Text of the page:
8. Carry Armor – Final Fantasy VII
Final Fantasy VII is filled with iconic villains. So which one will give you the most trouble. Is is Sephiroth, Jenova, Ruby Weapon, or Emerald Weapon?
Nope, it is a robot whose main function is carrying crates around a dock.
Carry Armor is a robot with two giant arms. The player will encounter it in the Junon Underwater Reactor, during the mission where they will acquire a submarine. Reno from the Turks will set Carry Armor onto the party, as he tries to flee aboard the submarine.
So what it is that makes Carry Armor so frustrating? It’s the arms. Carry Armor can grab up to two characters at a time. Those characters are immobilised, and are out of the battle until the player can destroy the arm holding them. If the Carry Armor grabs two players, and kills the third, then it is game over. Carry Armor also possesses a powerful attack called “Lapis Laser”. This attack hits like a truck, and ignores resistances. It is entirely possible for Carry Armor to get a fluke victory by grabbing two characters, and spamming Lapis Laser on the third.
7. Metal Sonic & Dr. Robotnik’s Giant Mech – Sonic 2
Sonic 2 is both an easy game, and a short one. A skilled player could probably beat it in a few hours, especially on a repeat playthrough.
There is only one frustratingly difficult moment in Sonic 2, and it happens during the final level. Once you reach the Death Egg Zone, you are thrust into two consecutive boss battles. The first is against Metal Sonic, a robot version of Sonic, who can fly at you with his thrusters. The second is against Dr. Robotnik’s Giant Mech, a huge machine that fills the screen. The Giant Mech is adorned with spikes, meaning the player has to be very careful where they hit.
These bosses would not be so hard, if it weren’t for one thing – there are no coins in the level. In the Sonic games, collecting coins allows you to survive a hit. It is possible to collect a few of the remaining coins as they spill out of your body, allowing you to take another hit. The two final bosses give you no second chances. You have to beat them both perfectly, in one try. It is the amount of remaining lives that you have left that will determine how many attempts you get to take at these two bosses.
6. Deviljho – Monster Hunter 3
The Monster Hunter series is filled with incredible boss battles. It also has its share of unfair ones, that abuse their A.I. in order to get one over on the players. There are many Monster Hunter creatures that could have taken this spot, especially the underwater monsters from the Monster Hunter 3 Ultimate (who are a nightmare to fight, due to the swimming controls sucking so much).
There is one monster that stands out from the rest in terms of unfairness. Its name is Deviljho, and it looks like the offspring of a dinosaur and a pickle. Deviljho is big, fast, and strong. He is encountered in High Rank missions, where he will pose a challenge even to experienced teams of Hunters.
Deviljho has another sneaky move up his sleeve, however, and it involves a weaker monster name Qurupeco. If you hunt Qurupeco, and damage it, then it will play you the song of its people. Qurupeco can mimic the sounds of another creature, giving it a chance to summon another High Rank monster onto the field.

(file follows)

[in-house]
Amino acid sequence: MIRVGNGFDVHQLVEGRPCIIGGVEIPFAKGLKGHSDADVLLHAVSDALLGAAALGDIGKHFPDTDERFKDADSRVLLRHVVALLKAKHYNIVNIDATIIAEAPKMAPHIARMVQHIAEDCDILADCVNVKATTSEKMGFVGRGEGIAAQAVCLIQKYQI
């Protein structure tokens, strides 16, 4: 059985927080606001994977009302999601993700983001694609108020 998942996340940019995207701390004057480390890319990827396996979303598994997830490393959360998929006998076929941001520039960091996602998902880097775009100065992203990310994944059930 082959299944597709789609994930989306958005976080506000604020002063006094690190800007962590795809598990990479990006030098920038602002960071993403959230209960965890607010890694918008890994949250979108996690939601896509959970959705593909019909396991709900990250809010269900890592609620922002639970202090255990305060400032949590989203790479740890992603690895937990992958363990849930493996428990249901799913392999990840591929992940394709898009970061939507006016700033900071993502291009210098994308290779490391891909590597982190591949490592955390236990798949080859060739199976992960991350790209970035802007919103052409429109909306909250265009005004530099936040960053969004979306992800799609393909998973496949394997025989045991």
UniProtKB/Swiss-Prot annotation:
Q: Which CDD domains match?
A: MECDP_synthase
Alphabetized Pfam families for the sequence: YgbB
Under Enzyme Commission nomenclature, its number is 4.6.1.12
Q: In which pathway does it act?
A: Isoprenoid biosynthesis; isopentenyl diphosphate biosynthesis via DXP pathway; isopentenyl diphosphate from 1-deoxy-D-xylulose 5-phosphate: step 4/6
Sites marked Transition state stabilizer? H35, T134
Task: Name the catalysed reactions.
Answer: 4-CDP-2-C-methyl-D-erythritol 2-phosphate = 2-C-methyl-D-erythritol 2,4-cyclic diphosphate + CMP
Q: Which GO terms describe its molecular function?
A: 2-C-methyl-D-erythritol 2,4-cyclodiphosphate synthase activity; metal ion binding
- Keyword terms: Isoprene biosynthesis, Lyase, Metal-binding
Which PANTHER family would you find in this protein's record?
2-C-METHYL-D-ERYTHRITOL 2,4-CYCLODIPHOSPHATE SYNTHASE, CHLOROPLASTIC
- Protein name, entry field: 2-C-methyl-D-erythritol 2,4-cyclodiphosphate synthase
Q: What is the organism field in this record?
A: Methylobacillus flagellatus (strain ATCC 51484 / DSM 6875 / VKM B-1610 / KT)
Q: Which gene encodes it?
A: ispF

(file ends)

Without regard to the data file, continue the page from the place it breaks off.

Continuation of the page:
Should the Qurupeco’s call successfully summon a monster, there is a good chance that Deviljho will show up on the field unannounced, like a dinosaur version of Denny from The Room. The mission then becomes a race against time, as the players have to kill Qurupeco before Deviljho annihilates the party.
5. Marquis Elmdor – Final Fantasy Tactics
Riovanes Castle is one of the most frustrating locations in any Final Fantasy game. Not only does it contain the difficult battle against Wiegraf, but also the maddening fight on the roof that follows it.
Nobody likes escort missions. Most players feel safer knowing that their fate is in their own hands (or at least in the hands of other players), rather than the A.I. Final Fantasy Tactics has several missions where you must keep a certain party member of NPC safe, but none are as unbalanced as the battle on the Riovanes Castle roof.
You have to protect a girl named Rafa from three foes. Rafa is suicidally stupid, and will run headfirst into their attacking range (despite her lack of offensive capabilities). The first of the three opponents is Marquis Elmdor, who possesses a selection of long range sword attacks. His opening attack of the battle will instantly knock off half of Rafa’s health. The other two characters are Elmdor’s personal Assassins. Two beautiful women, who possess a selection of instant-kill melee attacks. If Rafa moves within range (which she will because she has a death wish), and one of the Assassin’s turns comes up, then you may as well just reset the game.
4. Ness’s Nightmare – EarthBound
EarthBound for the Super Nintendo is one of the most beloved games of all time, and it’s considered sacrilege in some circles to point out its flaws. The game is oozing with charm and character, and is held together by its funny dialogue and genuine heartfelt storytelling. With that being said, the game has a lot of issues when it comes to balance. The earliest parts of the game are very frustrating, due to the fact that you only have Ness, the protagonist, in your party. Both Ness and the low level enemies of the game have abysmal hit rates, and most early battles will involve a lot of misses. Thankfully, the game gives you a party of four varied characters, and later battles are a lot more fun because of this.